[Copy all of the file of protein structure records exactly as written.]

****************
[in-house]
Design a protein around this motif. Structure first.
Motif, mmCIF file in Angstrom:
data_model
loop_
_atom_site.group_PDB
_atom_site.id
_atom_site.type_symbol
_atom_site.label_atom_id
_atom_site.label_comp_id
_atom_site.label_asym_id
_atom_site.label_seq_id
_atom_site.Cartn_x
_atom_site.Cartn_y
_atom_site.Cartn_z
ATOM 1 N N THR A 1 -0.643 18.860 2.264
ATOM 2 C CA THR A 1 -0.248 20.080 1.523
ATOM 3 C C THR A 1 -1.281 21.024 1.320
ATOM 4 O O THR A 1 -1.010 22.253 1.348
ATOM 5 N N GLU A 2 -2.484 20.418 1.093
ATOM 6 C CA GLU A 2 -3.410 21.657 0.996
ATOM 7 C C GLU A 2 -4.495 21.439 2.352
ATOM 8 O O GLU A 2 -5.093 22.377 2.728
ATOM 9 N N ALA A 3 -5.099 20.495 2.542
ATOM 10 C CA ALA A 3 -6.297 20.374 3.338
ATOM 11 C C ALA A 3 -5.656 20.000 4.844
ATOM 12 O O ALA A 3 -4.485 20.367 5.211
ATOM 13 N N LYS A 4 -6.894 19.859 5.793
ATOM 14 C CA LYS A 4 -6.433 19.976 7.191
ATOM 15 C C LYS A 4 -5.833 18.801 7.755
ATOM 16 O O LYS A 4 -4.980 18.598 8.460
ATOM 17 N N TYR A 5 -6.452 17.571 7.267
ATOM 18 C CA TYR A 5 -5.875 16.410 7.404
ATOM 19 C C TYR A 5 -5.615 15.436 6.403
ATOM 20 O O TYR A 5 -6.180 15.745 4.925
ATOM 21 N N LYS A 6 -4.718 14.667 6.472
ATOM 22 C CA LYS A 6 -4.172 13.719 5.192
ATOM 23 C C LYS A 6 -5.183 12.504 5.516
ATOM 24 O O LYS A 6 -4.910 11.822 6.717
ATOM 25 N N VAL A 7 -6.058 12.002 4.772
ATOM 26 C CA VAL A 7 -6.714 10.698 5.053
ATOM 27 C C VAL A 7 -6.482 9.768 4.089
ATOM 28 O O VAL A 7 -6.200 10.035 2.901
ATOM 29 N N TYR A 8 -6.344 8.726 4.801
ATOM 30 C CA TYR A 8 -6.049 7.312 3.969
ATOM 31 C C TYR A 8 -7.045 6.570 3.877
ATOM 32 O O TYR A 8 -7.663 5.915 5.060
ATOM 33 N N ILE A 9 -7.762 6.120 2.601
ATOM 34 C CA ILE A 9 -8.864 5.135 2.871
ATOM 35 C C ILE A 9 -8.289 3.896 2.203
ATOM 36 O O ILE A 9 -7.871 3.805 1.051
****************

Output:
[in-house]
Design a protein around this motif. Structure first.
Motif, mmCIF file in Angstrom:
data_model
loop_
_atom_site.group_PDB
_atom_site.id
_atom_site.type_symbol
_atom_site.label_atom_id
_atom_site.label_comp_id
_atom_site.label_asym_id
_atom_site.label_seq_id
_atom_site.Cartn_x
_atom_site.Cartn_y
_atom_site.Cartn_z
ATOM 1 N N THR A 1 -0.643 18.860 2.264
ATOM 2 C CA THR A 1 -0.248 20.080 1.523
ATOM 3 C C THR A 1 -1.281 21.024 1.320
ATOM 4 O O THR A 1 -1.010 22.253 1.348
ATOM 5 N N GLU A 2 -2.484 20.418 1.093
ATOM 6 C CA GLU A 2 -3.410 21.657 0.996
ATOM 7 C C GLU A 2 -4.495 21.439 2.352
ATOM 8 O O GLU A 2 -5.093 22.377 2.728
ATOM 9 N N ALA A 3 -5.099 20.495 2.542
ATOM 10 C CA ALA A 3 -6.297 20.374 3.338
ATOM 11 C C ALA A 3 -5.656 20.000 4.844
ATOM 12 O O ALA A 3 -4.485 20.367 5.211
ATOM 13 N N LYS A 4 -6.894 19.859 5.793
ATOM 14 C CA LYS A 4 -6.433 19.976 7.191
ATOM 15 C C LYS A 4 -5.833 18.801 7.755
ATOM 16 O O LYS A 4 -4.980 18.598 8.460
ATOM 17 N N TYR A 5 -6.452 17.571 7.267
ATOM 18 C CA TYR A 5 -5.875 16.410 7.404
ATOM 19 C C TYR A 5 -5.615 15.436 6.403
ATOM 20 O O TYR A 5 -6.180 15.745 4.925
ATOM 21 N N LYS A 6 -4.718 14.667 6.472
ATOM 22 C CA LYS A 6 -4.172 13.719 5.192
ATOM 23 C C LYS A 6 -5.183 12.504 5.516
ATOM 24 O O LYS A 6 -4.910 11.822 6.717
ATOM 25 N N VAL A 7 -6.058 12.002 4.772
ATOM 26 C CA VAL A 7 -6.714 10.698 5.053
ATOM 27 C C VAL A 7 -6.482 9.768 4.089
ATOM 28 O O VAL A 7 -6.200 10.035 2.901
ATOM 29 N N TYR A 8 -6.344 8.726 4.801
ATOM 30 C CA TYR A 8 -6.049 7.312 3.969
ATOM 31 C C TYR A 8 -7.045 6.570 3.877
ATOM 32 O O TYR A 8 -7.663 5.915 5.060
ATOM 33 N N ILE A 9 -7.762 6.120 2.601
ATOM 34 C CA ILE A 9 -8.864 5.135 2.871
ATOM 35 C C ILE A 9 -8.289 3.896 2.203
ATOM 36 O O ILE A 9 -7.871 3.805 1.051